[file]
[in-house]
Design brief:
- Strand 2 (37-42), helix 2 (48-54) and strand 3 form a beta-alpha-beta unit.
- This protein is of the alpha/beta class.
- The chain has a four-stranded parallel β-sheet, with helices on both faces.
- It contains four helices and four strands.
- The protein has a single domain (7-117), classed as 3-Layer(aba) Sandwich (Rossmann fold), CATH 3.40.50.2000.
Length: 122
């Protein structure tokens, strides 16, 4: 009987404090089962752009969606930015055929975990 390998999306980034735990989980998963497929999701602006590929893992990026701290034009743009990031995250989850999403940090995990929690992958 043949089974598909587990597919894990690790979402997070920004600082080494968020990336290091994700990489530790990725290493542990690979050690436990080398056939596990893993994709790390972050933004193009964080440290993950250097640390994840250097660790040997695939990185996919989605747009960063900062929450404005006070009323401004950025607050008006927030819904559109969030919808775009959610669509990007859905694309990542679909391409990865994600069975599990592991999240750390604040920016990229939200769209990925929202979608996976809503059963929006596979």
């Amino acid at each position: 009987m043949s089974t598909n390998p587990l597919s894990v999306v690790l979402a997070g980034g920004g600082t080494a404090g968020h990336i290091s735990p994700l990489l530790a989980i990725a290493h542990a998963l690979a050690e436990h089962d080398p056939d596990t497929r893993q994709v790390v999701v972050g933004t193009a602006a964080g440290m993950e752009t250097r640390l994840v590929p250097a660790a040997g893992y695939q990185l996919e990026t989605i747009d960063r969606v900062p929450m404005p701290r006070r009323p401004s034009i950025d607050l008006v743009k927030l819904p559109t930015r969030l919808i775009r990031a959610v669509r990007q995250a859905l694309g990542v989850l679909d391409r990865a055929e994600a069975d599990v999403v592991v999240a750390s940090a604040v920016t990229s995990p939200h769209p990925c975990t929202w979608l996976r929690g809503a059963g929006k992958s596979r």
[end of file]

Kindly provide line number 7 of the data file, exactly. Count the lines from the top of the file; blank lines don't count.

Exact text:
- The protein has a single domain (7-117), classed as 3-Layer(aba) Sandwich (Rossmann fold), CATH 3.40.50.2000.